OECD Economic Outlook, Volume 2002 Issue 2
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OECD Economic Outlook, Volume 2002 Issue 2

Twice a year, the OECD Economic Outlook analyses the major trends that will mark the next two years. The present issue covers the outlook to the end of 2004 and examines the economic policies required to foster high and sustainable growth in member countries. Developments in selected major non-OECD economies are also evaluated in detail.

In addition to the themes featured regularly, this issue contains four analytical chapters addressing the following important questions: the deterioration in budgetary positions in most OECD countries, raising the labour force participation of older workers,  the benefits that OECD countries could achieve from undertaking reforms to promote product market competition, and inflation rates in some of the larger, slow-growing economies have not declined sufficiently to offset higher rates elsewhere in the euro area.

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Growth has slowed to about 2½ per cent in 2002, essentially reflecting a slowdown of external demand as private consumption has remained robust and public consumption increased strongly. Falling food prices and an appreciating currency have contributed to a marked decline in inflation. The big drop in tourism receipts in the aftermath of recent floods can be expected to be reversed and the pace of expansion is projected to pick up in 2003 and 2004, following a broadening recovery in western Europe.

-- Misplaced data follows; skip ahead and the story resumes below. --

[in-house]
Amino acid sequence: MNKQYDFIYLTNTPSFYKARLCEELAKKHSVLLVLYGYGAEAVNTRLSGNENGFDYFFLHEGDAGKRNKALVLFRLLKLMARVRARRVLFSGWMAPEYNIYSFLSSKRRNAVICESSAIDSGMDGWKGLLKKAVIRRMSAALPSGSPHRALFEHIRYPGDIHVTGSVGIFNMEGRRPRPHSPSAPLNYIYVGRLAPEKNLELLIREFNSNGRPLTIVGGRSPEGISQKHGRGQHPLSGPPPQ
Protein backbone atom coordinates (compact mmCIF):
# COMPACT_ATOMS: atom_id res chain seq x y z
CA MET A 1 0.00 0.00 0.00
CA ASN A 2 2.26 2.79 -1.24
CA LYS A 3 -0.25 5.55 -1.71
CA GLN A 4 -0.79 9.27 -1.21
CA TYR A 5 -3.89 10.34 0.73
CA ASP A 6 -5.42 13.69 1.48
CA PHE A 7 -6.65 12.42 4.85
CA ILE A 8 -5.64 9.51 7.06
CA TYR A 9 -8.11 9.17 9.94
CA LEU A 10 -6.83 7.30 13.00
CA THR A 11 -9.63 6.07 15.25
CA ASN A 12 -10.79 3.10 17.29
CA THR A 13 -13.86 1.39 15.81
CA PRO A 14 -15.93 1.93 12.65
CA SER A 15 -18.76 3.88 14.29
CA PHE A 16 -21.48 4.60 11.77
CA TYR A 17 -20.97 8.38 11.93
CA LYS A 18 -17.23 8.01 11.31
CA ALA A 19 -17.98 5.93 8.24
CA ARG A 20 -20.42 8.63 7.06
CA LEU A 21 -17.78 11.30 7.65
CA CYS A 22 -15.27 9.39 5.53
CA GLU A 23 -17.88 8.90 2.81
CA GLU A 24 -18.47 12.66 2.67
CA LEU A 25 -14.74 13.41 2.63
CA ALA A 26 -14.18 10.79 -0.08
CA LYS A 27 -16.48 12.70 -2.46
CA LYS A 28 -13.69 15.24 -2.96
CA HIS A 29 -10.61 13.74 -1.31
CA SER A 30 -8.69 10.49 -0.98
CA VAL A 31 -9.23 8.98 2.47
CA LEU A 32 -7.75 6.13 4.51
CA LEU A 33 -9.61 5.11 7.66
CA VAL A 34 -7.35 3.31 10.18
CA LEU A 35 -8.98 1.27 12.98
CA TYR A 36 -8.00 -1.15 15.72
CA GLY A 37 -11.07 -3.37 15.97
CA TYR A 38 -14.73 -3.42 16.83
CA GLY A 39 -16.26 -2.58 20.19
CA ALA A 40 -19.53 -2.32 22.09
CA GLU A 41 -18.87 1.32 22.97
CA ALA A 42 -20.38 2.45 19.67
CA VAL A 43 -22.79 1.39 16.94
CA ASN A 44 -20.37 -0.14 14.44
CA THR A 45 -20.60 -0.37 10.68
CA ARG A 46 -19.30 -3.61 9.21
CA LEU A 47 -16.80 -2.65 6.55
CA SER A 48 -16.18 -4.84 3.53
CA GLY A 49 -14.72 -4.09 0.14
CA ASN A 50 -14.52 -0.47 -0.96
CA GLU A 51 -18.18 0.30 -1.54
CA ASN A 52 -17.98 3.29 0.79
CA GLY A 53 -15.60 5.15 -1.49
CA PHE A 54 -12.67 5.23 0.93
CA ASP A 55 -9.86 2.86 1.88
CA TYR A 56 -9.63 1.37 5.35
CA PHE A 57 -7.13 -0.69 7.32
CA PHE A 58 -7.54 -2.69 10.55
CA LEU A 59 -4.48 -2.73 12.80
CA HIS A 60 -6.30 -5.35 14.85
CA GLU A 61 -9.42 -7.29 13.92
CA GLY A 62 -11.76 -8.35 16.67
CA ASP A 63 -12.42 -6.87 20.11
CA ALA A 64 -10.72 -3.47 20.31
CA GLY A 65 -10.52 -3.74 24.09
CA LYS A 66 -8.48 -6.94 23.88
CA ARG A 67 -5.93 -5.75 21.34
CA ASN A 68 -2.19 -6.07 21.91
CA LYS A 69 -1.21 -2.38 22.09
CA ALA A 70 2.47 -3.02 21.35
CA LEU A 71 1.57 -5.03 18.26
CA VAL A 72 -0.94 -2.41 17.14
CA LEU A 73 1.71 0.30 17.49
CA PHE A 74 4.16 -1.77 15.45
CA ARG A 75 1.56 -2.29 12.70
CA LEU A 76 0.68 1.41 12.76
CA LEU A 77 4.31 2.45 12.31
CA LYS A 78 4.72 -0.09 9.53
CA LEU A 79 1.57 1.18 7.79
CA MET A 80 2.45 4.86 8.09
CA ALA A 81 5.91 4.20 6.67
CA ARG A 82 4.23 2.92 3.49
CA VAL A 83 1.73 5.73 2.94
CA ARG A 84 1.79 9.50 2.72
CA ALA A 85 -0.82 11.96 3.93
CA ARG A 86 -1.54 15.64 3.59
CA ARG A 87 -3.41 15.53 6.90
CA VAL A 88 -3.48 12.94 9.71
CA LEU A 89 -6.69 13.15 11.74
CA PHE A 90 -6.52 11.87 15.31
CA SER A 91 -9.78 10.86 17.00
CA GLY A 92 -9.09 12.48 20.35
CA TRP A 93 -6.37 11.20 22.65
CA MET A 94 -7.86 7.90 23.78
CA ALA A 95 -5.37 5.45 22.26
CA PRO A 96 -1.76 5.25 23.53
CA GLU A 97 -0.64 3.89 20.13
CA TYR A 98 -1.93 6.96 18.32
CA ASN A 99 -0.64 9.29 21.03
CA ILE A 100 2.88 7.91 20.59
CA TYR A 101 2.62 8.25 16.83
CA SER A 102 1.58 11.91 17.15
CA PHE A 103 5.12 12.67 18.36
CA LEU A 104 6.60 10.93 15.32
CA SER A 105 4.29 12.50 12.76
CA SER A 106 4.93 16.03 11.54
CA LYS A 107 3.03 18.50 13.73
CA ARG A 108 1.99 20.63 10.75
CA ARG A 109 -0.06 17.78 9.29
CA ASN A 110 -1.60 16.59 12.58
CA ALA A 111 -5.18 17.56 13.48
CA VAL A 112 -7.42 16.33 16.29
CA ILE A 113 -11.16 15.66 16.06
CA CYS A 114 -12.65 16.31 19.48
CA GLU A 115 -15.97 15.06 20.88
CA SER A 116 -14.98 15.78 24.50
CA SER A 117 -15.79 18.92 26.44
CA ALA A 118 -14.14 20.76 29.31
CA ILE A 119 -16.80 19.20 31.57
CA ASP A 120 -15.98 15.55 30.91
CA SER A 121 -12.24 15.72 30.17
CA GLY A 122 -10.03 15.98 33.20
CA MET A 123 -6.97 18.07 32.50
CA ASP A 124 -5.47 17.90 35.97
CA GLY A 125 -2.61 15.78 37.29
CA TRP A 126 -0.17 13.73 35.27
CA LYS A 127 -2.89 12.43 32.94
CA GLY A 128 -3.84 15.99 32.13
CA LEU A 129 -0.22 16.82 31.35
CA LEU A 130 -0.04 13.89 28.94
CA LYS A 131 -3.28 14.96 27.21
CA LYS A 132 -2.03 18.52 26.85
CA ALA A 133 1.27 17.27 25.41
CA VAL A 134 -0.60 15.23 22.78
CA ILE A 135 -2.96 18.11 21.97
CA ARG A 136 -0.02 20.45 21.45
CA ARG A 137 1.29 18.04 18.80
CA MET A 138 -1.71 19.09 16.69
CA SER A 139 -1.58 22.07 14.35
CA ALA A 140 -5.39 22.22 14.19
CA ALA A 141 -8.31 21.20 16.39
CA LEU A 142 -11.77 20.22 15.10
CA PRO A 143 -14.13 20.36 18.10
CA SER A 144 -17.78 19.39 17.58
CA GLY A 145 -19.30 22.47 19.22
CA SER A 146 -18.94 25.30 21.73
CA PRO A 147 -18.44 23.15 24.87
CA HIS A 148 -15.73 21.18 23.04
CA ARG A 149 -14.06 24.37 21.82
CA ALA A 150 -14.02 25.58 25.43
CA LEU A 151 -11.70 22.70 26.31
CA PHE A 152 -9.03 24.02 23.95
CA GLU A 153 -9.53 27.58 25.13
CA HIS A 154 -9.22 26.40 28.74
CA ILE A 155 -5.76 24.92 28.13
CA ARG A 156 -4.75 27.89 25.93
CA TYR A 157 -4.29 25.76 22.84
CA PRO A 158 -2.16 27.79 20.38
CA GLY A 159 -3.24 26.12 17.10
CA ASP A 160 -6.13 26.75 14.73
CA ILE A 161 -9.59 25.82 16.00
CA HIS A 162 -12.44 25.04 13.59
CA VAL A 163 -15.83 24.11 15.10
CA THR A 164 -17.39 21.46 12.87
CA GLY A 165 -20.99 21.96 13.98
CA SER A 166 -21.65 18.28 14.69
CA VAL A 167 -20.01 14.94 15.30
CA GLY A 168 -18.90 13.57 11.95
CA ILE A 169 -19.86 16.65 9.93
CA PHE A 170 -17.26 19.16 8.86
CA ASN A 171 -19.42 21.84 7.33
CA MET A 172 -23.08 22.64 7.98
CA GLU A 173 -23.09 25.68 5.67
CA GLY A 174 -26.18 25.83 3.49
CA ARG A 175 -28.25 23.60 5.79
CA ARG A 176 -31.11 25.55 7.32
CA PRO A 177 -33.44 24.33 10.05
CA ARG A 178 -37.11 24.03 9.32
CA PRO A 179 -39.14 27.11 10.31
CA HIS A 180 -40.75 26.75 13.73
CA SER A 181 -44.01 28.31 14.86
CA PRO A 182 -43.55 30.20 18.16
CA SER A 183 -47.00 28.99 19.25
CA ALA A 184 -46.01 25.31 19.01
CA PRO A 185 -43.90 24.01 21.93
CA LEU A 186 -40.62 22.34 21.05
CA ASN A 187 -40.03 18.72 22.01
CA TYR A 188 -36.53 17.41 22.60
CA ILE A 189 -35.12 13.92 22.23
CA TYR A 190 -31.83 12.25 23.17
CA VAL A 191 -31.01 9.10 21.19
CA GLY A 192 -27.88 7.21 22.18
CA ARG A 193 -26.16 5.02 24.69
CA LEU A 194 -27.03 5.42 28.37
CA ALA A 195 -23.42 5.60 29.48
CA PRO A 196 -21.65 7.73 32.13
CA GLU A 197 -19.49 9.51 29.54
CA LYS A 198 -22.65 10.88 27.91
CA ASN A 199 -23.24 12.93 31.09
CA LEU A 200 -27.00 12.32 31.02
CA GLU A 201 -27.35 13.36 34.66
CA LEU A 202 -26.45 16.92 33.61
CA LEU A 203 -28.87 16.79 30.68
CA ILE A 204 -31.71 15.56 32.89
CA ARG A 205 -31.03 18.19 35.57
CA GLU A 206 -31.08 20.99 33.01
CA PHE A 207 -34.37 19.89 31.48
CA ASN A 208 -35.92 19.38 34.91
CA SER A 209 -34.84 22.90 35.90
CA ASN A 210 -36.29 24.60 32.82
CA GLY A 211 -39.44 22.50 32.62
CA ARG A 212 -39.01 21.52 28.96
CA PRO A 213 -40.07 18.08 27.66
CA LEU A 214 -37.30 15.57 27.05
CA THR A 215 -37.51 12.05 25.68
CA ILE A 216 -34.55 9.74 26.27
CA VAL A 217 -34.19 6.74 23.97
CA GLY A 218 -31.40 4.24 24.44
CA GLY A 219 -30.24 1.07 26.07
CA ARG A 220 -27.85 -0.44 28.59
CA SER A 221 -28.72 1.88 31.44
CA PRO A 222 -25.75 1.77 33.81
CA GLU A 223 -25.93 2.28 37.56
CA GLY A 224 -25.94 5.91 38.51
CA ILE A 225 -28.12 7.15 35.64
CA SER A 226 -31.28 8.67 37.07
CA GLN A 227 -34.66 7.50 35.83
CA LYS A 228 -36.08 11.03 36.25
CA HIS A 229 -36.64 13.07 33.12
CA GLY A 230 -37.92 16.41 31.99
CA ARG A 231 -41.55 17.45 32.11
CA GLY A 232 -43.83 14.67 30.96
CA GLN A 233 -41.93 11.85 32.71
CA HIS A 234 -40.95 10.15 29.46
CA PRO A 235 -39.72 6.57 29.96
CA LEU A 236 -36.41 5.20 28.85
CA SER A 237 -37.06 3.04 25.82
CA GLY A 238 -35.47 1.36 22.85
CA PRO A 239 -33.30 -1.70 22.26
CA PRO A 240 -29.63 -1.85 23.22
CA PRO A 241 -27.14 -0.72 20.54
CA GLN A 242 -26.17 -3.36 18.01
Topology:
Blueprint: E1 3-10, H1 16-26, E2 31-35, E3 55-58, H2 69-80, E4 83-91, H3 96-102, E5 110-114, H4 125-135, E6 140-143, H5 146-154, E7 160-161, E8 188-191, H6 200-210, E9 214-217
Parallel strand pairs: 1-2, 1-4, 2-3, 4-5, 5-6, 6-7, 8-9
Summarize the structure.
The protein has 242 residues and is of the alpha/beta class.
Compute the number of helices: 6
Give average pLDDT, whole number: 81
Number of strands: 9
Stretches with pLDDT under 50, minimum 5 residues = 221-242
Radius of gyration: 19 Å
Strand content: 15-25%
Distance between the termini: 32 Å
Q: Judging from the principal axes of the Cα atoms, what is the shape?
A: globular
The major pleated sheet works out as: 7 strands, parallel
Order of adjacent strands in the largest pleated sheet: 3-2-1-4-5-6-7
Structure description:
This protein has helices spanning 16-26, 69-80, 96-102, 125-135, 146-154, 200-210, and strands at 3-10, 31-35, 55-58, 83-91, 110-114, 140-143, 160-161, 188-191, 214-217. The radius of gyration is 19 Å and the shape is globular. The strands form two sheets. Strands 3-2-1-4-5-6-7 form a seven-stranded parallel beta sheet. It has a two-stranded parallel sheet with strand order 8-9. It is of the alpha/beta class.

The fiscal policy stance has loosened excessively this year and should be tightened. International competitiveness has remained weak, despite strong disinflation and even though the authorities have managed to limit exchange-rate appreciation in the face of massive foreign direct investment inflows. A determined pursuit of structural reforms is needed to improve the performance of the domestically-owned corporate sector, increase trend productivity growth and bolster international competitiveness.

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